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Iddy.

Very often hate reads are undertaken by people who fall outside of the text’s original demographic. I must stress that this doesn’t invalidate the criticisms (especially if we are talking about marginalised people deconstructing mainstream work written about them but not for them), but when it comes, say, to an unqueer white nerd who fundamentally believes all vampires should scary monsters and not romantic heroes, his point of view on Twilight may be useful but ultimately, I shouldn’t consume so much of his work that I internalise his voice. It would not be constructive. Because I am not trying to write for him.

I should not cultivate in my head a Critical Voice that is antagonistic to the premises of the genre I want to write in. That way lies compromising my ideas to appeal to hypothetical readers who would never actually want to engage with my work, all the while alienating people who are actually invested in the premise itself.

Jeannette Ng on not requiring what you hate.

Ng’s point here is that brutal, nitpicky critiques, sporkings, and hate reads can be fun… but they’re fundamentally poisonous to your own ability to write, because they stifle creativity. Part of learning is fucking up, and unfortunately when you’re a paid creative oftentimes the only way to fuck up is to fuck up publicly. But if the threat of the critical voice means you don’t have the courage to try and fail in the first place, you’ll never get anywhere at all.

And as Ng points out, this critical voice seems to hit marginalized creators the hardest. “Submit like a white man” might be a jokey thing authors say to each other when they’re angsting over whether to send this novel to that agent, but there’s a painful core of truth there. Because who is it in society who gets permission to fuck up royally, in public, and recover from it? Who gets lauded for “doing better” and who gets eviscerated for not being perfect in the first place?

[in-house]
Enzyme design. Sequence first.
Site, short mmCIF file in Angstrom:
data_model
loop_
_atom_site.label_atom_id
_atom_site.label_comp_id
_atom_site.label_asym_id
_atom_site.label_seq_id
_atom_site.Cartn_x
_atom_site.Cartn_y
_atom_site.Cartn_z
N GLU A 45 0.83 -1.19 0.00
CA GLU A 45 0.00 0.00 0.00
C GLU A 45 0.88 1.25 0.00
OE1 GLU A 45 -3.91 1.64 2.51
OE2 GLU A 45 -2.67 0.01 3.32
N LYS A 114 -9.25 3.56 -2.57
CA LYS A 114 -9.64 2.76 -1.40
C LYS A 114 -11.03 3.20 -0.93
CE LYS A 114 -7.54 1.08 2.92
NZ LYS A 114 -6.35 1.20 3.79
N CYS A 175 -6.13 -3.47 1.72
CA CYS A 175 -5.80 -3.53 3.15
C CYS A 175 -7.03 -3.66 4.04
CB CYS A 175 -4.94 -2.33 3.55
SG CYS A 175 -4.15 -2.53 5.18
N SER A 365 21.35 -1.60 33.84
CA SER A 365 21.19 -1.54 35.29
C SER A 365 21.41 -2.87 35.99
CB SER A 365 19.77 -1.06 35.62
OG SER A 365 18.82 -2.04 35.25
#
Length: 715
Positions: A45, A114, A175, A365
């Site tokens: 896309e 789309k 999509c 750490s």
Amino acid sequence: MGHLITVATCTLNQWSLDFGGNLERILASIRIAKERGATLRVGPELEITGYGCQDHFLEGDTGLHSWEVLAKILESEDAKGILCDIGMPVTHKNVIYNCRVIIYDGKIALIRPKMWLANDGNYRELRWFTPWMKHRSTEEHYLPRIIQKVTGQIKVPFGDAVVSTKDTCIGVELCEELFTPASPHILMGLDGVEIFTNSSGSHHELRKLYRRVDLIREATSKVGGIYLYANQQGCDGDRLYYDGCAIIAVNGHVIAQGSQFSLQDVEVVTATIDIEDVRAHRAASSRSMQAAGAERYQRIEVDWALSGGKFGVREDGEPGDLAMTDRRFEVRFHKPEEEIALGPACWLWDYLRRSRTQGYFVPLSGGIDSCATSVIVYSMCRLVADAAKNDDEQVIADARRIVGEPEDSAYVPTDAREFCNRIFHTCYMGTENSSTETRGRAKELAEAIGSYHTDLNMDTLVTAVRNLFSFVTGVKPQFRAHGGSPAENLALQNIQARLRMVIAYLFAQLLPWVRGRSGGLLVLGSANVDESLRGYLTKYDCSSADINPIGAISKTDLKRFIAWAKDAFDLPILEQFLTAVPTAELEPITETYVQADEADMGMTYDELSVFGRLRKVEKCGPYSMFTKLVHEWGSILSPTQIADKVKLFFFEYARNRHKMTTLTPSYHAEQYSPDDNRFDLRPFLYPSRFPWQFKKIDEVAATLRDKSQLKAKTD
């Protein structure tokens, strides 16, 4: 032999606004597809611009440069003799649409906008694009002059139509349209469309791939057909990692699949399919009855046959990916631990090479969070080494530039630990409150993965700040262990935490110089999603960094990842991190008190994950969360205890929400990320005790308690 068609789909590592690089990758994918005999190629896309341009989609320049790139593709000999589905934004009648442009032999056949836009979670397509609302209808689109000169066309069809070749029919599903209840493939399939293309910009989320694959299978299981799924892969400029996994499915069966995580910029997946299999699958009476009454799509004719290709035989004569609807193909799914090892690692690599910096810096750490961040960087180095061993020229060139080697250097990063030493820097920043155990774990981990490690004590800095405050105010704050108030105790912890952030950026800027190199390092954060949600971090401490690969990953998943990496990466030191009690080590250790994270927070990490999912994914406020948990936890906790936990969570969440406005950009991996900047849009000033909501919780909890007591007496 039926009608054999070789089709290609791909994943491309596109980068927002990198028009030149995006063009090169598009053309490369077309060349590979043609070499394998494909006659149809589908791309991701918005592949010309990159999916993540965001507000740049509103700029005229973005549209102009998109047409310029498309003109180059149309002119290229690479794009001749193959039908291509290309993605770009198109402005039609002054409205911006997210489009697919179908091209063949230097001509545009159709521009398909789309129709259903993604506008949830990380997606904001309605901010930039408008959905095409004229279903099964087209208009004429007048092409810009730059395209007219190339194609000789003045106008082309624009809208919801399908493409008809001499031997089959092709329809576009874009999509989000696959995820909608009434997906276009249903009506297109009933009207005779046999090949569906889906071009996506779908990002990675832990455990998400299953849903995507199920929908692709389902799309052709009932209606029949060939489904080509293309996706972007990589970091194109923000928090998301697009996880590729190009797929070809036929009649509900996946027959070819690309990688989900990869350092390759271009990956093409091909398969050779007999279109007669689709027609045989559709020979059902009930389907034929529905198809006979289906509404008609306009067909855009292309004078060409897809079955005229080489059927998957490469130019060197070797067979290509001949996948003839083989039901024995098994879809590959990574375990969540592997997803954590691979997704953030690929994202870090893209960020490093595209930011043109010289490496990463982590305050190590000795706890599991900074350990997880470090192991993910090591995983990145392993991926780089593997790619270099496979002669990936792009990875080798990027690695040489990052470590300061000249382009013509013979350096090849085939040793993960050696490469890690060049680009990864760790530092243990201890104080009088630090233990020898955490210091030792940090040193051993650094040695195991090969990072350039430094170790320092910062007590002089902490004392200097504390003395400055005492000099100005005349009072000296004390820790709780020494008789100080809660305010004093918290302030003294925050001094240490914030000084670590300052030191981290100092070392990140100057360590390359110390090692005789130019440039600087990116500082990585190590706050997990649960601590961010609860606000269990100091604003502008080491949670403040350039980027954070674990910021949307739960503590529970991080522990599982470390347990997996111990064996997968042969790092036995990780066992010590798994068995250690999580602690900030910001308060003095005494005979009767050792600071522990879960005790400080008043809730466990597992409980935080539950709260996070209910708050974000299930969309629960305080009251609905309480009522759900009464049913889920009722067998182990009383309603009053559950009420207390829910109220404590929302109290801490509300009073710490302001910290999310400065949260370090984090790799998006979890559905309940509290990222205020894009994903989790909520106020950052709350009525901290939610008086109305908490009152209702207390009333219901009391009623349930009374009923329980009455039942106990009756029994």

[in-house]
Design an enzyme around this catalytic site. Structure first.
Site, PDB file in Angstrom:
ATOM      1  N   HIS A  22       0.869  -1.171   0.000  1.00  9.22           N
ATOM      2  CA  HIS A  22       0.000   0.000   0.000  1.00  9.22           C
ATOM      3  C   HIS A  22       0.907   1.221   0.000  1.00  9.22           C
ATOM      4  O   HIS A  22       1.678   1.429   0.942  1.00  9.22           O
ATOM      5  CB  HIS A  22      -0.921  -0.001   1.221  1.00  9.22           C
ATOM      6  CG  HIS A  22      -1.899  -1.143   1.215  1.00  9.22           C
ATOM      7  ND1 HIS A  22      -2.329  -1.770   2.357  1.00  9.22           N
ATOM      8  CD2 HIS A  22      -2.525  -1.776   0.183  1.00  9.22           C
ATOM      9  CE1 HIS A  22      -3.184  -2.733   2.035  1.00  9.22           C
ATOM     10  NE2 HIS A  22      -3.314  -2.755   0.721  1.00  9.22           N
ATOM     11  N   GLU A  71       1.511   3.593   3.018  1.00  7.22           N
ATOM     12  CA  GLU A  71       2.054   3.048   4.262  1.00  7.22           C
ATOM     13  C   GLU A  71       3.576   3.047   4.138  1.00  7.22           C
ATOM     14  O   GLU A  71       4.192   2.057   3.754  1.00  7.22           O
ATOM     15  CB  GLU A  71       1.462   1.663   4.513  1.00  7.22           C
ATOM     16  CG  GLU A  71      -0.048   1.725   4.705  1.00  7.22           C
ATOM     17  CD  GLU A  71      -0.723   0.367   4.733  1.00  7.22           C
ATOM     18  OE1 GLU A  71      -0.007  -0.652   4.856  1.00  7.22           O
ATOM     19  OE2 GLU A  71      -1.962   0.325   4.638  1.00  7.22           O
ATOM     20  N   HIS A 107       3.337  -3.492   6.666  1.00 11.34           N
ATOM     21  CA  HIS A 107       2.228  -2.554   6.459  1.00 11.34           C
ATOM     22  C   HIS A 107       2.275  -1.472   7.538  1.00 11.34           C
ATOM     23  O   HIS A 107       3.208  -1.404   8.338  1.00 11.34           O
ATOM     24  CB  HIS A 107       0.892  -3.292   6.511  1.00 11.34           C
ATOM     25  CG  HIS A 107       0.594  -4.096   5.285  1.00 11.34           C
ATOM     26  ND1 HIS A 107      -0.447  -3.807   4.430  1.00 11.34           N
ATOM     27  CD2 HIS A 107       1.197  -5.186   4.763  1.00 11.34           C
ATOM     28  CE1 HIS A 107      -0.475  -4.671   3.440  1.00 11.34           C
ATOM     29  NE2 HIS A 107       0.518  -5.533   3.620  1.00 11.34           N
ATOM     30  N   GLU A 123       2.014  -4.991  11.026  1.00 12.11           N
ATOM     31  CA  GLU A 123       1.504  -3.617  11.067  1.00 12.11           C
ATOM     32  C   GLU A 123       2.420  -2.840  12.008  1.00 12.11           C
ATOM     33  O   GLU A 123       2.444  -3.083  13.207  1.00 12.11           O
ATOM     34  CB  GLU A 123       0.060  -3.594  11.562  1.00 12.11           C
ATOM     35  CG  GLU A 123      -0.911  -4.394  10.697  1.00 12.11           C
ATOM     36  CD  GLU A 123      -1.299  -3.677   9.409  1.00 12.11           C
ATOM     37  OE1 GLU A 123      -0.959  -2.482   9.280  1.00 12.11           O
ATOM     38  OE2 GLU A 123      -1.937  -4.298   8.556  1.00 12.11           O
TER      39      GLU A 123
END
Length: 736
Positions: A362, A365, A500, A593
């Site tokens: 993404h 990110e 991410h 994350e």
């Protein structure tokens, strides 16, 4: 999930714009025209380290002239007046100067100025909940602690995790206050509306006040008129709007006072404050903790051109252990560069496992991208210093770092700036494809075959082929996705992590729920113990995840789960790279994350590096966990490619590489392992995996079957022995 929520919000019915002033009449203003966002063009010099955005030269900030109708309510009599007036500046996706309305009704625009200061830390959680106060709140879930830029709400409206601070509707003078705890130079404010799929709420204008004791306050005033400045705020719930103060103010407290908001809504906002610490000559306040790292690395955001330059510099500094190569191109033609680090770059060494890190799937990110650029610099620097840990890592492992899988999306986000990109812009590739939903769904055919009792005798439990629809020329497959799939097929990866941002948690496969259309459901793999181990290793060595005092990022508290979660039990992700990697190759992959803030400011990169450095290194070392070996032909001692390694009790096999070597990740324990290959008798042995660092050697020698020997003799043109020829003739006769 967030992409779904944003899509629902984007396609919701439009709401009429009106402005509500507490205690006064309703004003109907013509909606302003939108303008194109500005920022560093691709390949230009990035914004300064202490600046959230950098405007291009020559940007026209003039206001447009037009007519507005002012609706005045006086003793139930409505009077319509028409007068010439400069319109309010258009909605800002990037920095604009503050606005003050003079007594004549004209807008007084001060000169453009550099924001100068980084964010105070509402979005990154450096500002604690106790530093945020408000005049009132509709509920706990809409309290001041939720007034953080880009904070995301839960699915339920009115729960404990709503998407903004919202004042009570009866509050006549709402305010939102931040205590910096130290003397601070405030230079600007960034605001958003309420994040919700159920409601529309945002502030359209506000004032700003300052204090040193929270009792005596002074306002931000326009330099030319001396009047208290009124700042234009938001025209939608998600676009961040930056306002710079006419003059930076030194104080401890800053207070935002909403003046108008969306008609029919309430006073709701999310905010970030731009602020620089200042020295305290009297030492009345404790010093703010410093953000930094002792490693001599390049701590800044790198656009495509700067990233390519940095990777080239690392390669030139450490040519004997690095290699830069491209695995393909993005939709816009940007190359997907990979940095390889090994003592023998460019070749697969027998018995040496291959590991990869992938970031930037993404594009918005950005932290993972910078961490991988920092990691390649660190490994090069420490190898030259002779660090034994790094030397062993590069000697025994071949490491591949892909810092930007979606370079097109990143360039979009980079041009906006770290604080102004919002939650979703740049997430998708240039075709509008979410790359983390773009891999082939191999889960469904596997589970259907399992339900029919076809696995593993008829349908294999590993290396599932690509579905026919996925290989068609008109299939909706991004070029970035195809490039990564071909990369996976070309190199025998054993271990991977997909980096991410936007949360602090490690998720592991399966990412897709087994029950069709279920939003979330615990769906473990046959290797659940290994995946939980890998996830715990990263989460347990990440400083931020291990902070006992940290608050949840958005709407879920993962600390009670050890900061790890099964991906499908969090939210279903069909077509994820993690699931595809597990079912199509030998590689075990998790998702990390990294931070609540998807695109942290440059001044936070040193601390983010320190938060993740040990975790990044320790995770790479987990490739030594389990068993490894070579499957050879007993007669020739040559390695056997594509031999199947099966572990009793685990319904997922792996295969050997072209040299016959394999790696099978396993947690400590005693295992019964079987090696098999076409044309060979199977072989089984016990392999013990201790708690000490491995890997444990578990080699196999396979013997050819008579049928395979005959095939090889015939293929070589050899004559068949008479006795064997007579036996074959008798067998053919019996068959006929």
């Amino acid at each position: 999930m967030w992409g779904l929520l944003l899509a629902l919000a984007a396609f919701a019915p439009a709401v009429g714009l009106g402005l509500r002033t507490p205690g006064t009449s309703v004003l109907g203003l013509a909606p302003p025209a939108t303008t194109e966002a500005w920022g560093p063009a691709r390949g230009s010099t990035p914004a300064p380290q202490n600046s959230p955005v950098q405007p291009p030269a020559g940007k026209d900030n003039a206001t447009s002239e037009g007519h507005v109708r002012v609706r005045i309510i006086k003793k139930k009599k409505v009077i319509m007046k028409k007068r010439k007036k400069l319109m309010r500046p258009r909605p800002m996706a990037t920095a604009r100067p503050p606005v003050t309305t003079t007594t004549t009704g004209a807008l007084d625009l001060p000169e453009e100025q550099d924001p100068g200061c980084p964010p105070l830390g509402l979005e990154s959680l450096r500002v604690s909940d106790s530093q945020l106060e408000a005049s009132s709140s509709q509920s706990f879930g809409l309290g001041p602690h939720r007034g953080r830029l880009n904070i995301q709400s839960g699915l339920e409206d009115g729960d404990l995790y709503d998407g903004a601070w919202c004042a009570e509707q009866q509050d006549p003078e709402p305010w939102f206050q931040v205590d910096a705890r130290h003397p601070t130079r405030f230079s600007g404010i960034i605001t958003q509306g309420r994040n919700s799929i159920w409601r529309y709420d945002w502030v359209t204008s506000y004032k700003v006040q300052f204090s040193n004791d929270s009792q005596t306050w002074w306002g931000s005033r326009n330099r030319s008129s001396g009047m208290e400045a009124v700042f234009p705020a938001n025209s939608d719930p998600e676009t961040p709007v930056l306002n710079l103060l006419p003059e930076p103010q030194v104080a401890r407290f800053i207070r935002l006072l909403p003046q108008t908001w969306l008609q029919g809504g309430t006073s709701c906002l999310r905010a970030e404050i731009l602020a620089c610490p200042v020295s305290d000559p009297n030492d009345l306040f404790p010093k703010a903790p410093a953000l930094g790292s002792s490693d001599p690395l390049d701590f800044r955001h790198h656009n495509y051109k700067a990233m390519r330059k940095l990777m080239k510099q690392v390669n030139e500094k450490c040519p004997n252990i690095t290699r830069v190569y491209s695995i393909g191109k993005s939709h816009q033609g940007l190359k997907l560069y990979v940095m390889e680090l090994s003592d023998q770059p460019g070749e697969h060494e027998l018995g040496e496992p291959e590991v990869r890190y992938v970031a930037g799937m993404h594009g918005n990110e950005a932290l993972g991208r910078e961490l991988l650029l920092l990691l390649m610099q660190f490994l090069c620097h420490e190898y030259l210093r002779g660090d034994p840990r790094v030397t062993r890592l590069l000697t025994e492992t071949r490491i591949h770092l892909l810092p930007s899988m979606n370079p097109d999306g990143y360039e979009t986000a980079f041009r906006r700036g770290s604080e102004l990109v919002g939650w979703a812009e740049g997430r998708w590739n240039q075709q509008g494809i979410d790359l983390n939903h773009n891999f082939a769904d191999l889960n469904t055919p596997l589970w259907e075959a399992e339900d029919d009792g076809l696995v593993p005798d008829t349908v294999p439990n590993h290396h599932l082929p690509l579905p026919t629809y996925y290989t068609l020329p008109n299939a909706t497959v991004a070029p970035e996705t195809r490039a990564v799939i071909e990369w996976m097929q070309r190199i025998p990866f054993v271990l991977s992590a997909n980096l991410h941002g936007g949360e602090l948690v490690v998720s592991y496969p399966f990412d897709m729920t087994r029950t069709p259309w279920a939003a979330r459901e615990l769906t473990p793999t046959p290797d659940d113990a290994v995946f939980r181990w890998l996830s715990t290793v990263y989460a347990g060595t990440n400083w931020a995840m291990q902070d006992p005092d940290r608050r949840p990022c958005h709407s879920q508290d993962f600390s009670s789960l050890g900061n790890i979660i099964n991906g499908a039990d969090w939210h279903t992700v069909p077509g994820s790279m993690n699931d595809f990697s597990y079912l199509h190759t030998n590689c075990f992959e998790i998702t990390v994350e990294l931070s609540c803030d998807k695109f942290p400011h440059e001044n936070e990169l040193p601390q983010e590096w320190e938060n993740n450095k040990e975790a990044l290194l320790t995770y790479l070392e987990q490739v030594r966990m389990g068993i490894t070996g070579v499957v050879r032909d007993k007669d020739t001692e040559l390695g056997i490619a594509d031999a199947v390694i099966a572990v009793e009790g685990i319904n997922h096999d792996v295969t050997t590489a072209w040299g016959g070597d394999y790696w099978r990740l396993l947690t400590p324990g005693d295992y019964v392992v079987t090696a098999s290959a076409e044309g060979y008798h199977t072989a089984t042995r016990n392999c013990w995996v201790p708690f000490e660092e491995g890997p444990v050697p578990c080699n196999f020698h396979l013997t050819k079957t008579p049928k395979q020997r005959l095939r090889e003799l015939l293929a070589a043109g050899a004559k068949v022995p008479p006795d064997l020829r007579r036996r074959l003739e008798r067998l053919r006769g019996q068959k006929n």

These things matter.

As a personal confession, I do occasionally indulge in bouts of hate reading although, honestly, not that much given the state of Mt. TBR. But even when I do hateread I try and approach it constructively; obviously someone liked a work well enough to publish it, or make it popular, so… why? Dan Brown makes mediocre men feel smart. Twilight makes awkward teenage girls (and women who were once awkward teenage girls) feel loved. And, yes, usually there’s more to the story than just that (cough E.L. James cough), but…

But.

People like things for a reason, even if you don’t. It’s often useful to understand why.

2020-03-27T08:07:52+11:008th July, 2020|Tags: culture, writing|

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Dropping the bass… barcode-style.

2020-03-27T07:43:46+11:007th July, 2020|Tags: music|

Liesmith, chapter 12.

Alis’s Note
… let’s speed this up a bit.


Twelve

The world still hadn’t ended by Monday, which Sigmund decided to take as a good sign, even if it did mean that he had to get up for work. Sunday had been uneventful, minus a bit of ribbing from Em and Wayne about his date and the fact that their progression raid kept wiping on the last boss. But that was all regular, Really Real World stuff. No gods, no monsters—well, the ones on the computer, but pixels didn’t count—and, most important, no apocalypse. Sigmund had considered messaging Lain on Sunday evening, but had decided against it, and Lain, for his part, seemed to be respecting Sigmund’s tacit suggestion to leave him alone for the weekend. He did that a lot, Sigmund realized. Respected boundaries, at least when Sigmund set them. It was nice.